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The Monsters and the Critics, and Other Essays

The Monsters and the Critics, and Other Essays
The Monsters and the Critics 1983.png
AuthorJ.R.R. Tolkien
EditorChristopher Tolkien
PublisherGeorge Allen and Unwin (UK)
Houghton Mifflin (US)
Released3 March 1983 (UK)
1 April 1984 (US)
FormatHardcover; paperback
Pages240
ISBN0048090190

The Monsters and the Critics, and Other Essays is a collection of J.R.R. Tolkien's scholarly linguistic essays and lectures. The book was edited by Christopher Tolkien and published posthumously in 1983.

All of them were initially delivered as lectures to academics, with the exception of On Translating Beowulf, which Christopher Tolkien notes in his foreword is not addressed to an academic audience.

Contents

[edit] Contents

Seven essays are included in the book, some of which had been published before, while others appeared for the first time in print.

  • Foreword by Christopher Tolkien.

[edit] From the publisher

The seven 'essays' by J.R.R. Tolkien assembled in this new paperback edition were with one exception delivered as general lectures on particular occasions; and while they mostly arose out of Tolkien's work in medieval literature, they are accessible to all. Two of them are concerned with Beowulf, including the well-known lecture whose title is taken for this book, and one with Sir Gawain and the Green Knight, given in the University of Glasgow in 1953.

Also included in this volume is the lecture English and Welsh; the Valedictory Address to the University of Oxford in 1959; and a paper on Invented Languages delivered in 1931, with exemplification from poems in the Elvish tongues. Most famous of all is On Fairy-Stories, a discussion of the nature of fairy-tales and fantasy, which gives insight into Tolkien's approach to the whole genre.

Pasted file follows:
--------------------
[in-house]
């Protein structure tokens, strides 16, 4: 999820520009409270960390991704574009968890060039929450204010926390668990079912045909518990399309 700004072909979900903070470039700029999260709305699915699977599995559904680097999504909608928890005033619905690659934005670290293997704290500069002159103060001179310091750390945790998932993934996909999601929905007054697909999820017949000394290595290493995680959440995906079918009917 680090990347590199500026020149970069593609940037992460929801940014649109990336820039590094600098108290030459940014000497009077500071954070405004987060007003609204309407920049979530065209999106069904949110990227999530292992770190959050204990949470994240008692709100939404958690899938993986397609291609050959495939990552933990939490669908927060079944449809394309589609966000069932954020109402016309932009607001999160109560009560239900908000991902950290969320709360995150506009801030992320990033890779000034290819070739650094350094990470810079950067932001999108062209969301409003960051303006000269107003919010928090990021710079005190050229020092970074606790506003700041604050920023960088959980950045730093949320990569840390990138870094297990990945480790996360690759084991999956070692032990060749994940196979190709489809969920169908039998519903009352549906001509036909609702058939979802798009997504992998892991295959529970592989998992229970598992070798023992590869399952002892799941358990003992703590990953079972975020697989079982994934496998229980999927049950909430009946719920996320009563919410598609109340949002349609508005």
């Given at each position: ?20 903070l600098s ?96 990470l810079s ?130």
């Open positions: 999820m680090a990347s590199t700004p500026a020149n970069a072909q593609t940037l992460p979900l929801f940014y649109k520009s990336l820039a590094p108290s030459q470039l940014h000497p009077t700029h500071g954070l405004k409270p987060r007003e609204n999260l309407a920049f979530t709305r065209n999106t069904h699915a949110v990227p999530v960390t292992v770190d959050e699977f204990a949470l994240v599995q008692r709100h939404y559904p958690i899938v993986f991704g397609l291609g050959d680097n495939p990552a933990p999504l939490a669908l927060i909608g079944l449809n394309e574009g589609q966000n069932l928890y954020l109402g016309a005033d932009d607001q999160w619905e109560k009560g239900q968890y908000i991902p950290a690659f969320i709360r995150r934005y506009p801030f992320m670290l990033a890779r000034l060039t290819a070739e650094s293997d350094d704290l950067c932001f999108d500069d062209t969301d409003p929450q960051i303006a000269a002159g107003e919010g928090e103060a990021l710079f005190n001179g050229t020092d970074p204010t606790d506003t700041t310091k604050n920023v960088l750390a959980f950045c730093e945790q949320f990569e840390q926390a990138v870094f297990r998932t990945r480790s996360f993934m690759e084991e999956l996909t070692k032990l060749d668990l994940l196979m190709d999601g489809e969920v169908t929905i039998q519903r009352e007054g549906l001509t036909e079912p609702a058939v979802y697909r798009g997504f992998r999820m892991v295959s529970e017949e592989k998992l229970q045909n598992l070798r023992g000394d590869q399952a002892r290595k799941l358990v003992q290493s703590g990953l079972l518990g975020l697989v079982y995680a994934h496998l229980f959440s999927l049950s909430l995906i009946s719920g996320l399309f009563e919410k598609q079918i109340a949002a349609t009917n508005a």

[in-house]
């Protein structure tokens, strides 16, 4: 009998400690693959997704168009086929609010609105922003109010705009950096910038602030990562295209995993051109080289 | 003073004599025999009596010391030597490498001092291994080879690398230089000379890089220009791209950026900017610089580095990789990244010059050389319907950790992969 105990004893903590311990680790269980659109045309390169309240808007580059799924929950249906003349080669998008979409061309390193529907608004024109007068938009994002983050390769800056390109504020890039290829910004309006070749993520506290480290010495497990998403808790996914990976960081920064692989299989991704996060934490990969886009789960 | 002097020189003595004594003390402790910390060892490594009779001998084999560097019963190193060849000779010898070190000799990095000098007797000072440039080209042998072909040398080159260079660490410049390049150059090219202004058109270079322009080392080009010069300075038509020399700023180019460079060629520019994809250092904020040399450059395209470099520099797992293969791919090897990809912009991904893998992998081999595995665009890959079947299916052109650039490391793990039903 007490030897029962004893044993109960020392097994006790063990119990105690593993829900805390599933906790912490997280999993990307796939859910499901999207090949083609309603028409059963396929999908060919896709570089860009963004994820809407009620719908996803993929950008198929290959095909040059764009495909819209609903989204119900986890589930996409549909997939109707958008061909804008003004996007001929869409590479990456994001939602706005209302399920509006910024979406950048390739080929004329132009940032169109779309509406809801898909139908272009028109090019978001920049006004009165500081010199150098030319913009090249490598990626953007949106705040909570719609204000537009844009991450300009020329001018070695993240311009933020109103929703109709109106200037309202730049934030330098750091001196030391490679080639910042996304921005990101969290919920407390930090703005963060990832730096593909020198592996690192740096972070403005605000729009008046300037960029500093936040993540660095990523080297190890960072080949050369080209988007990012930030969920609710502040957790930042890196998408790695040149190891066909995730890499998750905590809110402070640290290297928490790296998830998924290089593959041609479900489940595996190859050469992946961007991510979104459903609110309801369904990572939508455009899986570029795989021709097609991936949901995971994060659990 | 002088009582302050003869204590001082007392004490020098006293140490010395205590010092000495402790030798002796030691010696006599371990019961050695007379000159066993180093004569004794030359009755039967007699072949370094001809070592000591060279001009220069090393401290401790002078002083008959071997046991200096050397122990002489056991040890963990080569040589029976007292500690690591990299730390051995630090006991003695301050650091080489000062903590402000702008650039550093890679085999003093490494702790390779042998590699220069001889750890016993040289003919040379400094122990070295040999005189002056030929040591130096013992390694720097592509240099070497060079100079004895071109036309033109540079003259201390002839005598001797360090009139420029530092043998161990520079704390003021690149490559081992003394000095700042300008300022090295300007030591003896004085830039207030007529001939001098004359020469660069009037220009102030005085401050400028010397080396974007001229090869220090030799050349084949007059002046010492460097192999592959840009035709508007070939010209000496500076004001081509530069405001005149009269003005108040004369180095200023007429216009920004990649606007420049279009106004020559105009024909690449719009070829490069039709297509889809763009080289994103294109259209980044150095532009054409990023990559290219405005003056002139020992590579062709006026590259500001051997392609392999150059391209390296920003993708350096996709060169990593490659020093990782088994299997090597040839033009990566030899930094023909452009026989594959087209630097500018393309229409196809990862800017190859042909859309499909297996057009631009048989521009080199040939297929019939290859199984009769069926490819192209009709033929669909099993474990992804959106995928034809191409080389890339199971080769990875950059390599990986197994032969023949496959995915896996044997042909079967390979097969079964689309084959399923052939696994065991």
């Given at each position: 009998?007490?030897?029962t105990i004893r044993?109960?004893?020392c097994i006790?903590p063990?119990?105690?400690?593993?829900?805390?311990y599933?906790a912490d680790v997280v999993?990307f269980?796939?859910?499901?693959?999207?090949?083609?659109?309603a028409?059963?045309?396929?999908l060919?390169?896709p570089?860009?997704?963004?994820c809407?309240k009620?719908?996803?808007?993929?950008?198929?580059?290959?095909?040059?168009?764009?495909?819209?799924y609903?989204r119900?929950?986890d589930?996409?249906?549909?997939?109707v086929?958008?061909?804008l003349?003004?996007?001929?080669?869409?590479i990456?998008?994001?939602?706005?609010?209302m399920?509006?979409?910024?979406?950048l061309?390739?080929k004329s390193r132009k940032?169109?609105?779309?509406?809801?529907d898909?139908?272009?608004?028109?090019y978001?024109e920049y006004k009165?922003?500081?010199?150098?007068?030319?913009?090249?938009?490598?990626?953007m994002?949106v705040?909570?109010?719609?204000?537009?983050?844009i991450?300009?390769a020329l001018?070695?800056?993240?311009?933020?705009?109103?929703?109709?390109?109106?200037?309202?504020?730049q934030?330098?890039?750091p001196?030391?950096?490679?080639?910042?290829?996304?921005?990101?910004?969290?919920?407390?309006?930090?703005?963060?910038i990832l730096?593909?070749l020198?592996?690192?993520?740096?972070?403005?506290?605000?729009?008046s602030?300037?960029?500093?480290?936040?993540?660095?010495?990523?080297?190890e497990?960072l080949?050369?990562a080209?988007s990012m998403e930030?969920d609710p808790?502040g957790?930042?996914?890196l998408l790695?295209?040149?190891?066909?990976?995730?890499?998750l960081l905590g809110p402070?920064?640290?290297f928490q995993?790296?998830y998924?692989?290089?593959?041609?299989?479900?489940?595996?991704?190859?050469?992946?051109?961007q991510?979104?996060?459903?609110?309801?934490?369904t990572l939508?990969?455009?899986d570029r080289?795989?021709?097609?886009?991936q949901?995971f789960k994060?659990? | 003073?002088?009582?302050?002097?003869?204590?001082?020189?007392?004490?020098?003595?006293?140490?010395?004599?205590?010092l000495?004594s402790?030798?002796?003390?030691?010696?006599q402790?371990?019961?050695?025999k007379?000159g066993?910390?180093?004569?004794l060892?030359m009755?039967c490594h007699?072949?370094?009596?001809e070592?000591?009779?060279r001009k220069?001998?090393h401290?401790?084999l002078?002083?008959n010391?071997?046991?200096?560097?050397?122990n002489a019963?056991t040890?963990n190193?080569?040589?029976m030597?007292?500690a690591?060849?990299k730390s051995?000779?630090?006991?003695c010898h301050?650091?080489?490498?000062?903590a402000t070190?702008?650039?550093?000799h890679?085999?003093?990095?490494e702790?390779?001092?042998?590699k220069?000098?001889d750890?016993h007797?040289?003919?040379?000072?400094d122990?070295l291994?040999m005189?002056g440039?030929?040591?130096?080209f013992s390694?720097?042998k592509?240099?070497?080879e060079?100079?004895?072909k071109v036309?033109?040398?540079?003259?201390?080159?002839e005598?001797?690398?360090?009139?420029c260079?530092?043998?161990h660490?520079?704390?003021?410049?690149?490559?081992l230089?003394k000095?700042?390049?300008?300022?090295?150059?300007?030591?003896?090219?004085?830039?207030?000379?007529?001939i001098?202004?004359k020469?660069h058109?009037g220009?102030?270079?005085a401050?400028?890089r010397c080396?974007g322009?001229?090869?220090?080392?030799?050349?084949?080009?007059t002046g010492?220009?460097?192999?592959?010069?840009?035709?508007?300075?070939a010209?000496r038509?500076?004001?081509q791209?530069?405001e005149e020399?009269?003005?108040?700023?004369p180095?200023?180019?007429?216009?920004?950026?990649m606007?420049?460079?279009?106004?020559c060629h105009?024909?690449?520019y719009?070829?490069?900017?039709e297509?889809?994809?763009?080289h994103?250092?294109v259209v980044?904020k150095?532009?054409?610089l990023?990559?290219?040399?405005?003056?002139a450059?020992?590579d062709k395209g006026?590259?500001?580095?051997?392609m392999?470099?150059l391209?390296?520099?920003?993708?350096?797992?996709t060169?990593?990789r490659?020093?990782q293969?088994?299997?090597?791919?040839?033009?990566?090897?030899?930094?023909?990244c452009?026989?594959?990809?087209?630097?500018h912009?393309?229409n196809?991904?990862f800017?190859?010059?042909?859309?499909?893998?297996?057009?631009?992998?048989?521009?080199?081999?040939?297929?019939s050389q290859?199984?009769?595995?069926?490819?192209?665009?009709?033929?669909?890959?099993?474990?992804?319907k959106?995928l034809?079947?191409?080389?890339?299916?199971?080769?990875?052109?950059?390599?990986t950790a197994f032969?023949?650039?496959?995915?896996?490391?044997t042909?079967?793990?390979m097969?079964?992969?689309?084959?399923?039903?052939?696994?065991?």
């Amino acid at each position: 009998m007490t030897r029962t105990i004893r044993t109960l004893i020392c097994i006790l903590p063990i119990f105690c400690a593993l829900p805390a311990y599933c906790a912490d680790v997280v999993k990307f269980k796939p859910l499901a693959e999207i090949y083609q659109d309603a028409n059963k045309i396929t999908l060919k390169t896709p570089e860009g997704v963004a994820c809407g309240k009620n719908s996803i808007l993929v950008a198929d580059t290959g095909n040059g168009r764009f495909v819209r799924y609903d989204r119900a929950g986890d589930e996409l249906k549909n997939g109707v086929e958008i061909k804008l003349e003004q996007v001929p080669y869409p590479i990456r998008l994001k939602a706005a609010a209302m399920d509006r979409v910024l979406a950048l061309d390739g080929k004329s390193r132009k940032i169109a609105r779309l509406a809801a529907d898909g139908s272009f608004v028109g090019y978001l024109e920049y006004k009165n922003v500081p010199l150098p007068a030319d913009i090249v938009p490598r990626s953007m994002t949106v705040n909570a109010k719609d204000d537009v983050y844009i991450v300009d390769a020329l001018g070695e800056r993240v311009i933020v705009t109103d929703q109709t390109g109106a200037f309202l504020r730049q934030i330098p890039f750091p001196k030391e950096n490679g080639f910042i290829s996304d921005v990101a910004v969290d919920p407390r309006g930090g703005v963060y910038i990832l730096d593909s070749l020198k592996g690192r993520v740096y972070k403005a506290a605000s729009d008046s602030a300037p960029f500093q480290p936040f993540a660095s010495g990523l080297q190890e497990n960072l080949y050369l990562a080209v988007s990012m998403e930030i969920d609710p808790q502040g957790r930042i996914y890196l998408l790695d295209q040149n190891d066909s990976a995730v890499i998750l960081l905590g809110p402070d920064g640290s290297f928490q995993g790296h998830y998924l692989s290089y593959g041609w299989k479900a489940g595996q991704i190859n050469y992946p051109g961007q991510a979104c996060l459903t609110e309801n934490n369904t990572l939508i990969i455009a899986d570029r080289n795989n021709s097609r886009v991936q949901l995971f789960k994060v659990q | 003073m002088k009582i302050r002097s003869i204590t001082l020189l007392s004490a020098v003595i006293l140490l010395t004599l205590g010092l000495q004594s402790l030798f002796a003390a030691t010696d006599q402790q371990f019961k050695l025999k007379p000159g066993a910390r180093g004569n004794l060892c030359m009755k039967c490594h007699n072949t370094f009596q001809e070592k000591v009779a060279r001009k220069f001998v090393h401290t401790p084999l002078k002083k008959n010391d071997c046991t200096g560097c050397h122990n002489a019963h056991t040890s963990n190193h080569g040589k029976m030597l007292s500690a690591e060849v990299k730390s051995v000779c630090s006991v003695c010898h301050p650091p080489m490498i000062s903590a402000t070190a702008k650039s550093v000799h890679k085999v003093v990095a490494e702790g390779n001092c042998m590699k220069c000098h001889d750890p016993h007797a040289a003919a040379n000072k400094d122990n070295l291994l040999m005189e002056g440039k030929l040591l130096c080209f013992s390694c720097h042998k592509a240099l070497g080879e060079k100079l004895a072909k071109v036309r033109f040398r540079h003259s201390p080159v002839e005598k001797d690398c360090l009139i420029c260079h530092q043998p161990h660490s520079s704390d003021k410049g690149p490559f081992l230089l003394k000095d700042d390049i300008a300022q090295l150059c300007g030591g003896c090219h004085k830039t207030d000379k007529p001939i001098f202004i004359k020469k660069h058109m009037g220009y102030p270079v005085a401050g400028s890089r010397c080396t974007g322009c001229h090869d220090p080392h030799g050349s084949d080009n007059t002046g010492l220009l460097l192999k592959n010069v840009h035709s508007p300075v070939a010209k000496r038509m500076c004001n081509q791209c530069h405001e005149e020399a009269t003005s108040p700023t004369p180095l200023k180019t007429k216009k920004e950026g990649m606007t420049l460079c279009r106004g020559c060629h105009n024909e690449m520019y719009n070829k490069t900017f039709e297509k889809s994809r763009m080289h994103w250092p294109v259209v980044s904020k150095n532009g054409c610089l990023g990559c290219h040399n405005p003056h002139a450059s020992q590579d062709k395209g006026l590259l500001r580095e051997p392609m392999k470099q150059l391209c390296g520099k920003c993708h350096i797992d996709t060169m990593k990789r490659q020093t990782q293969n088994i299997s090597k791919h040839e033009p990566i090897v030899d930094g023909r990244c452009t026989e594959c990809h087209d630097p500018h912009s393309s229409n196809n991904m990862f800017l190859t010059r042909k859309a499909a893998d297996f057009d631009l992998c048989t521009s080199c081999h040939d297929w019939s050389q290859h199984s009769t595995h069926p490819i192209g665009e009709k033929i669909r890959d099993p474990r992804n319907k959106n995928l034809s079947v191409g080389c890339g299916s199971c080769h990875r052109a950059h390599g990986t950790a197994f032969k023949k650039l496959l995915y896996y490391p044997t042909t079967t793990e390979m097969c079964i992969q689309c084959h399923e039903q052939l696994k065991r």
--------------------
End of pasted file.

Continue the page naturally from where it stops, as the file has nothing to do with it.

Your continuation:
The pieces in this collection cover a period of nearly thirty years, beginning six years before the publication of The Hobbit, with a unique 'academic' lecture on his invention (calling it A Secret Vice) and concluding with his farewell to professorship, five years after the publication of The Lord of the Rings.

[edit] Relation to the legendarium

As these essays are of a scholarly nature, there are scarcely any direct references to the legendarium of Tolkien. However, the essay "A Secret Vice" contains a final section of Notes by Christopher Tolkien, where he points to references to The Book of Lost Tales and also reprints a later version of one of the Elvish poems, being "one of the major pieces of Quenya".[1]

[edit] Publication history and gallery

1983 hardcover  
1997 paperback  
2006 paperback  

[edit] See also

References

  1. Chistopher Tolkien, "Foreword", p.4.